By Matt Steffen
Each year, my organization – the Illinois Environmental Council, or IEC – hosts Environmental Advocacy Day, and this year was no different.
On Thursday, April 26th, 2018, roughly 300 people gathered in Springfield, IL to meet with their state legislators regarding policies that would grow clean energy, counter rollbacks of environmental protections at the federal level, and preserve the integrity of the state’s Endangered Species Protection Board.
I’ve been at IEC for five advocacy days now, and the fact that anyone is willing to spend a vacation day walking around on brutally hard marble floors while engaging in tricky conversations continues to impress me. The fact that there are consistently 300 people willing to do so blows my mind.
Getting hundreds of people to turn out to an event during the work week in Chicago would be one thing, but doing so in Springfield makes it an achievement. The location demographics of those attending the event match the state’s pretty well, meaning that a majority of attendees wake around 4:30am to embark on a 3.5 or 4 hour bus or train trip to make it.
As someone whose job it is to make this trip, engage in the tough conversations, and endure the marble-floor-induced back pain, the answer to the question of “why do hundreds of people incur these and countless other inconveniences?” is a humbling one: they are engaging in the work of being good citizens.
DIY Advocacy Day
As hosts, IEC views it as our responsibility to make good use of these citizens’ time by guiding them through the state legislative process. Noting that legislatures vary from state to state, when looking to plan an advocacy day of your own, you’ll want to do the following:
1) Don’t go it alone. Before you start planning your own event, do some research to find if there are organizations that share your values and already host an event, and/or offer resources for lobbying your state legislature and try to partner with them. We suggest checking out if your state has an environmental council or is home to a state affiliate of the League of Conservation Voters.
2) Check the calendar. State legislatures are not always in session, and even when they are, their schedules can change quickly. For example, session for the Illinois General Assembly is technically supposed to go from January to May, Monday through Friday. In practice, however, this changes on the fly, and experience lobbyists know that the will almost never be in on a Monday or Friday (hence, our event on a Thursday). Clear as mud, right?
3) Be concise and make an ask. State legislators are almost always very busy when they’re in session – in Illinois, they are asked to consider upwards of 3,000 bills each year. At the Capitol, you may have limited time with your legislator, so be prepared to summarize your issue to 30 seconds and make a direct ask (ex. Will you co-sponsor HB123?). If you’d like a longer meeting with your legislator, schedule a meeting with them at their district office when the legislature is not in session.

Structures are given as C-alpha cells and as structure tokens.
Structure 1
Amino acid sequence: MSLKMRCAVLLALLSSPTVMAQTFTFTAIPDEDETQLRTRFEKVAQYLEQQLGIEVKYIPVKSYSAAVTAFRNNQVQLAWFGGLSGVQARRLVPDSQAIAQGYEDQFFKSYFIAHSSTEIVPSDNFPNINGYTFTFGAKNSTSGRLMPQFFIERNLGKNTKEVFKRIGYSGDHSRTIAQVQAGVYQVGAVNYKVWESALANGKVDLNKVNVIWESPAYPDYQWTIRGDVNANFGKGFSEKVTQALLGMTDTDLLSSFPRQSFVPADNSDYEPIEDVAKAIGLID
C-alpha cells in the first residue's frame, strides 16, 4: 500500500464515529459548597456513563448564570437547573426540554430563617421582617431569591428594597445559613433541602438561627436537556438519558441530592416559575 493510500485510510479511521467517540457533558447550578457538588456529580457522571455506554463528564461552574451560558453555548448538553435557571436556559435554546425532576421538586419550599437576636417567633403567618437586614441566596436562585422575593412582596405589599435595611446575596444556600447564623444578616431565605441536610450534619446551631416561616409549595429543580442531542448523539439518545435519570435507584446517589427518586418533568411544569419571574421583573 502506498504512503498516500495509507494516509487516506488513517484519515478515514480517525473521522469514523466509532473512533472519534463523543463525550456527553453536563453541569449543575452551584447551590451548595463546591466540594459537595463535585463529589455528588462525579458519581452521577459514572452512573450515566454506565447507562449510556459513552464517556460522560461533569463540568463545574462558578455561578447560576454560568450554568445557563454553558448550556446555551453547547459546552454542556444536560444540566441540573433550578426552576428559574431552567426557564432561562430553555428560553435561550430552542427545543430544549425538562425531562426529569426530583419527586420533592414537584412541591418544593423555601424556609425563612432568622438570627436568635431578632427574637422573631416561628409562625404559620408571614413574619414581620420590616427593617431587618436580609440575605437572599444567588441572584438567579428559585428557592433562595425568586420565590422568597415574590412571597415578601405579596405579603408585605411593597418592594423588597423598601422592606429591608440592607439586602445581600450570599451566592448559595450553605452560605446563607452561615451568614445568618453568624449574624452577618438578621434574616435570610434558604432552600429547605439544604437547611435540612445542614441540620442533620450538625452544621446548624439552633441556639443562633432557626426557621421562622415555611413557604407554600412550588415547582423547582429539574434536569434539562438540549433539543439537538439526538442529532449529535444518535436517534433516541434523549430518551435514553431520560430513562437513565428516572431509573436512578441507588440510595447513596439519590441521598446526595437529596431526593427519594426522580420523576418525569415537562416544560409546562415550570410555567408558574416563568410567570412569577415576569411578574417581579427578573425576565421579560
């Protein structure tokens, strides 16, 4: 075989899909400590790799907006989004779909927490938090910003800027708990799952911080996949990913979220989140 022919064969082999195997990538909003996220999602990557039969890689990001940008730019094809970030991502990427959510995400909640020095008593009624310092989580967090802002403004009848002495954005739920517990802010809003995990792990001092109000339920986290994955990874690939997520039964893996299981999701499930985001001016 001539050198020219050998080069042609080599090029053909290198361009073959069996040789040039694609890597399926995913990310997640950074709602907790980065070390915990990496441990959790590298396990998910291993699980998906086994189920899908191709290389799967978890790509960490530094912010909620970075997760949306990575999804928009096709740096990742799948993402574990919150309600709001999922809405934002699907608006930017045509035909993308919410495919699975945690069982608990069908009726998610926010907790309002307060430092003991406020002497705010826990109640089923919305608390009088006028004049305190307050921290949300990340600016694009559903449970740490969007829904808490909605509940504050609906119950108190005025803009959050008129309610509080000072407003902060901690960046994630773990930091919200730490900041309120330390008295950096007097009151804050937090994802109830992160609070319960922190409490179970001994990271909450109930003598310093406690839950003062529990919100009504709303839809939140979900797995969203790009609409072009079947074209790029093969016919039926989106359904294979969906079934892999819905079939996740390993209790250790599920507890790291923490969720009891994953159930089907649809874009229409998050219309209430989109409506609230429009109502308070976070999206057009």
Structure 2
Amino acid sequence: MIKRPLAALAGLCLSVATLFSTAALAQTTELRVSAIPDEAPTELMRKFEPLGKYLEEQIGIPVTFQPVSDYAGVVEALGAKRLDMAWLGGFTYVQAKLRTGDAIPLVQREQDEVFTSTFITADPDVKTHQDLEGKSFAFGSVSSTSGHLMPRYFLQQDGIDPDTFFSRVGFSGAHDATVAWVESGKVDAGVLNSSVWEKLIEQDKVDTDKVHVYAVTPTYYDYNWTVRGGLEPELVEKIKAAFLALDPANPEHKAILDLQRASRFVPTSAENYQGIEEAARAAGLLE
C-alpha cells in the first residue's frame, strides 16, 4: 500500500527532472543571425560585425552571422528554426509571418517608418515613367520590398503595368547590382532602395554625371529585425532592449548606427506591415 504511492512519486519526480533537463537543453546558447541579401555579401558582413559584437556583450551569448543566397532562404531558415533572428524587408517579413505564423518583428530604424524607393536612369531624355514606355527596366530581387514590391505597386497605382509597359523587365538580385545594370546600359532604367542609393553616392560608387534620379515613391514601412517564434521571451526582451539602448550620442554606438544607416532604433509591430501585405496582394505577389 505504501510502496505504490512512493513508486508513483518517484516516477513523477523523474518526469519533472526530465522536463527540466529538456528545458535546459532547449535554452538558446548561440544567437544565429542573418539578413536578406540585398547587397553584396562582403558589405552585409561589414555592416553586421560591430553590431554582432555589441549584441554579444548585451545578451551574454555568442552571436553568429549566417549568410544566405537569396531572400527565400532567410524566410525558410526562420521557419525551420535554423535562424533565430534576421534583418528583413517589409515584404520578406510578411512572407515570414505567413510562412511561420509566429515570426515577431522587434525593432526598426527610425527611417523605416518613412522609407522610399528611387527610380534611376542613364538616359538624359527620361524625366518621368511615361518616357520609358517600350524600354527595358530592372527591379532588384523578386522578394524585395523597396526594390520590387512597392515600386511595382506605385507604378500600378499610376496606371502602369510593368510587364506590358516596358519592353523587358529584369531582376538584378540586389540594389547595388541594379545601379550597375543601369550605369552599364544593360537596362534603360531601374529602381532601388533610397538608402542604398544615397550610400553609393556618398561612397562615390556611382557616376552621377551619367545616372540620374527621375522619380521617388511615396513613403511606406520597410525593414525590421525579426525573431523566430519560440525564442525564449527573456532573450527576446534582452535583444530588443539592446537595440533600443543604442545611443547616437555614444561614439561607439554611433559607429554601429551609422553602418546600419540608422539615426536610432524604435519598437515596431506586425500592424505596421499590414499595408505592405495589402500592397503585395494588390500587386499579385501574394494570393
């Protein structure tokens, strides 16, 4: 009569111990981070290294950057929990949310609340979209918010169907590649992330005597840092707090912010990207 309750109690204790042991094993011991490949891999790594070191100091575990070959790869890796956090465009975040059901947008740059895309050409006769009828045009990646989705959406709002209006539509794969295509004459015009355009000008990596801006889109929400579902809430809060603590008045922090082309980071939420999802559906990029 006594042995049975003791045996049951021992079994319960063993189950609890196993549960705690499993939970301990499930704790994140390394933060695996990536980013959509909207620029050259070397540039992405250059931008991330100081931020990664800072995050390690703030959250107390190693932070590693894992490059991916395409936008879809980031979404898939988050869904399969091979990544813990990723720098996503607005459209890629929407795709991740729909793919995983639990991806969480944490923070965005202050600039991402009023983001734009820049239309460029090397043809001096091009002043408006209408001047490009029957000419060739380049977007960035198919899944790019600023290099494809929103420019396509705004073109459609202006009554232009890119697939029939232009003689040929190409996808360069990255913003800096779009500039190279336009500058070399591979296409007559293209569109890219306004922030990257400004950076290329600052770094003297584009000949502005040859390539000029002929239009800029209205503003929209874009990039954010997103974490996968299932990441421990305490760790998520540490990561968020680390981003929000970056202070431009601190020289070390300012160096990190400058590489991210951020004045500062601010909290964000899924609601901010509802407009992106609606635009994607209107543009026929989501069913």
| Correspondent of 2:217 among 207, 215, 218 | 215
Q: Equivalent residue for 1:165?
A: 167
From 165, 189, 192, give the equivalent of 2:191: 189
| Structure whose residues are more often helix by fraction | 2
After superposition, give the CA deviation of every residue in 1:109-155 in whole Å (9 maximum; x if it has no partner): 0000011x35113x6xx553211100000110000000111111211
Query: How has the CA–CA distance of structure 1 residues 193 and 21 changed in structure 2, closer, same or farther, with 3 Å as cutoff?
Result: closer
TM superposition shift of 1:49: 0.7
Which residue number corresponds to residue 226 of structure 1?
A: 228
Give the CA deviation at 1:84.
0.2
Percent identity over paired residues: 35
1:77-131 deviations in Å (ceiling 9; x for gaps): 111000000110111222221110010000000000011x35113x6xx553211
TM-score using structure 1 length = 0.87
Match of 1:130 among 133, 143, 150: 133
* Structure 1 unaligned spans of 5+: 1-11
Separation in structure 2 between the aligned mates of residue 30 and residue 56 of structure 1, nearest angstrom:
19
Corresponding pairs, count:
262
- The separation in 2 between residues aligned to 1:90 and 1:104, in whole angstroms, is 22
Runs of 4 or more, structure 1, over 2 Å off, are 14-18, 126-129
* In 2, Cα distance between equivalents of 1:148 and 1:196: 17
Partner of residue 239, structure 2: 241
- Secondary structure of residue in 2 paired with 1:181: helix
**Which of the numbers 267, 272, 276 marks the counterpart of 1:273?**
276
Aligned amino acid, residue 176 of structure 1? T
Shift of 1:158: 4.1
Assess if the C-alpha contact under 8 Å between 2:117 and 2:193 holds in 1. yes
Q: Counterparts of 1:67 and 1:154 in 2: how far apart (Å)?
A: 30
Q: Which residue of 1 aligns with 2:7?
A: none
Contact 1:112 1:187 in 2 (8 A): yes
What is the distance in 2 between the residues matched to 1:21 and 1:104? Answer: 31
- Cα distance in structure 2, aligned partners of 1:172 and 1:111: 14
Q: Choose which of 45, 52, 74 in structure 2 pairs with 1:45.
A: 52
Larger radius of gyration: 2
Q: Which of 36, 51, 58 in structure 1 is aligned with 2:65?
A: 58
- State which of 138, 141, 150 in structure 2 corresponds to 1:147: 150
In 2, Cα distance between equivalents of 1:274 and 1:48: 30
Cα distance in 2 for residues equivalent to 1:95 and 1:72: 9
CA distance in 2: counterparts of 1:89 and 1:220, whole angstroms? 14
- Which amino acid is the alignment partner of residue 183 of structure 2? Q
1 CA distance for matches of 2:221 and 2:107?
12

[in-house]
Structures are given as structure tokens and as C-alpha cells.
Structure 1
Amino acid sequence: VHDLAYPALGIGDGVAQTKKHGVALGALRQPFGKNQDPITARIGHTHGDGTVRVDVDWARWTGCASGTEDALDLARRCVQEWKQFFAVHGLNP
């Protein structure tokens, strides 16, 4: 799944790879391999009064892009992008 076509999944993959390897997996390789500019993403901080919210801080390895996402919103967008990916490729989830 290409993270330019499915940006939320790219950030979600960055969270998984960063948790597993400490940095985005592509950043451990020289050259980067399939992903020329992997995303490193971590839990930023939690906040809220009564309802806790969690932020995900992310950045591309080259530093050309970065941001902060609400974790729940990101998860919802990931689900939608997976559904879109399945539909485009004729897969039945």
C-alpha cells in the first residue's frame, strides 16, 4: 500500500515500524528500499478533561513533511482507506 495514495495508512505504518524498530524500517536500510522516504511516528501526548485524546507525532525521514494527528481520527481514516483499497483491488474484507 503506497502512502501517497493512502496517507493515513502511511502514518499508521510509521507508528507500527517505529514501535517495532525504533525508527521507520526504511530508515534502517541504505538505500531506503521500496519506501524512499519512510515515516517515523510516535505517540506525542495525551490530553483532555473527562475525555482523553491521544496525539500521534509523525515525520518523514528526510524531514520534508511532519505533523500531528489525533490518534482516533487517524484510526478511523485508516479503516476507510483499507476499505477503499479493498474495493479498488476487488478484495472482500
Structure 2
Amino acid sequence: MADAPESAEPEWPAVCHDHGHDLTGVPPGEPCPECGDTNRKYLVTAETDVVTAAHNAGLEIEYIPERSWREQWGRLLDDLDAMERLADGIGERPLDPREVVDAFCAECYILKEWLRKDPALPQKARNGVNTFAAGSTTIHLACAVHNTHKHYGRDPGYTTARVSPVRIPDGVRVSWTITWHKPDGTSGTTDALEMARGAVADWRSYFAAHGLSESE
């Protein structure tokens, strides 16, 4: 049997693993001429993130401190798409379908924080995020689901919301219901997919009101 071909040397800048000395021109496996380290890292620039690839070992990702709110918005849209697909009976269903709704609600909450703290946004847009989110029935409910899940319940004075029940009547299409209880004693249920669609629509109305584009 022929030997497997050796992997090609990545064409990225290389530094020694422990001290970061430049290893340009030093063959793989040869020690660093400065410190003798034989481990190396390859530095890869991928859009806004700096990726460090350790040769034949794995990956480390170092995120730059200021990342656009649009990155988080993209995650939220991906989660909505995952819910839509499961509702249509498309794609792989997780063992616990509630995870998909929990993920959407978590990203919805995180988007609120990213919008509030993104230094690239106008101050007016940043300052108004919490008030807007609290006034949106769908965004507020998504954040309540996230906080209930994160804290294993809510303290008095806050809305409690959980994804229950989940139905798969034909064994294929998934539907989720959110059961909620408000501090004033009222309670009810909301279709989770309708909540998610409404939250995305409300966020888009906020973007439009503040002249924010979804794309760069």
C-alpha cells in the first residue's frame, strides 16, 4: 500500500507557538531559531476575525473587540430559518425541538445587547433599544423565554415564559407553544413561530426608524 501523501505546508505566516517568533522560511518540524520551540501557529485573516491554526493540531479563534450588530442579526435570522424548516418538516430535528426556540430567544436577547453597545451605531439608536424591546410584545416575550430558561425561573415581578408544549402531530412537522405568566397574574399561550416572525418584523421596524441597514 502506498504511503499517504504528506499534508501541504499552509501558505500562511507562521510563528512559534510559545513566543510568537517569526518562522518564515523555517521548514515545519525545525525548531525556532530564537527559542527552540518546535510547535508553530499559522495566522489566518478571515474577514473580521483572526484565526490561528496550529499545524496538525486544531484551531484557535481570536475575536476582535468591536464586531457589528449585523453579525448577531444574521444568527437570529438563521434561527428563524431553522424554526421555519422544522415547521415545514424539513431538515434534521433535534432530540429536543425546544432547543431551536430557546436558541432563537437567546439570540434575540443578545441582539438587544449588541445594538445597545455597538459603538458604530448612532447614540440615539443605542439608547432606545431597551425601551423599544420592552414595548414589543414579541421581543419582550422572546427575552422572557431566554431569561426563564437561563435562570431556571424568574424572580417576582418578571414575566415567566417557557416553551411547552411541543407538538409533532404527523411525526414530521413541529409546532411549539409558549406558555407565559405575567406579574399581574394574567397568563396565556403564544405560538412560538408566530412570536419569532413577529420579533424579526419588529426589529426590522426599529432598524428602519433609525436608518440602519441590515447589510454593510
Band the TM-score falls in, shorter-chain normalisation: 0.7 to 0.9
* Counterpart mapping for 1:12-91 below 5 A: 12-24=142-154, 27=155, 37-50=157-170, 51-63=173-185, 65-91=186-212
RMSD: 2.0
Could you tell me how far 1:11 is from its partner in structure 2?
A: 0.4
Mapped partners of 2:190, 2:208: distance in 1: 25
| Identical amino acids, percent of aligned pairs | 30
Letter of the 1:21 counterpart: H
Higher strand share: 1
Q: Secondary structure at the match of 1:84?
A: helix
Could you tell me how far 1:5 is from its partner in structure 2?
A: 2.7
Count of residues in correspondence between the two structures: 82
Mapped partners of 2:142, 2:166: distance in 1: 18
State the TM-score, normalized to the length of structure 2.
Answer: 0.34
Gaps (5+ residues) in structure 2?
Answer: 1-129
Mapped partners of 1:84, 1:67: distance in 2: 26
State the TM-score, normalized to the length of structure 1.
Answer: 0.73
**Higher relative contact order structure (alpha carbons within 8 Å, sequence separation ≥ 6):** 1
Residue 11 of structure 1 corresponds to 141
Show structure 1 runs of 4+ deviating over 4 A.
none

IEC Advocacy Day in Review
So, after all the planning, recruiting, and sore knees and backs, do advocacy days actually produce results?
This year, attendees at IEC’s event opposed two bills, one of which would have required electricity ratepayers statewide to subsidize an unbuilt “clean coal” facility, and the other would have added two agriculture industry representatives to the Endangered Species Protection Board – a board required by existing statute to be composed of scientists. As our event was wrapping up, we received news that neither bill would be called for a vote, in large part due to the conversations our attendees had.
These were satisfying defeats of bad proposals, but one of the most heartening achievements of the day was passing the Illinois Baseline Protection Act in the Senate. This bill would prevent Illinois from weakening environmental standards below current federal standards, thereby ensuring that no matter how far the current administration regresses, our state will not follow them.
When most people think or talk about politics and policy, they focus on what’s happening at the federal level. However, in many cases, the laws, regulations, ordinances, and expenditures made by state and local governments make a larger impact on our daily lives. Fortunately, as advocacy day proves, we are able to directly influence the process at these levels.
Winning good, science-based policies in the states requires us to get involved and connect with our elected representatives; it takes people like you following the example of the 300 who showed up in Springfield. So, do the work of being a good citizen: show up, share your knowledge, and engage in state and local governance.
Matt Steffen is deputy director at the Illinois Environmental Council, where he has worked since May of 2014. Before IEC, Matt worked on a successful state house campaign after graduating from the University of Wisconsin – Madison with a Bachelor of Science degree in Political Science and History. If you’re interested in learning more about IEC or getting involved, visit ilenviro.org, follow them on social media @ilenviro, or email them at email@example.com.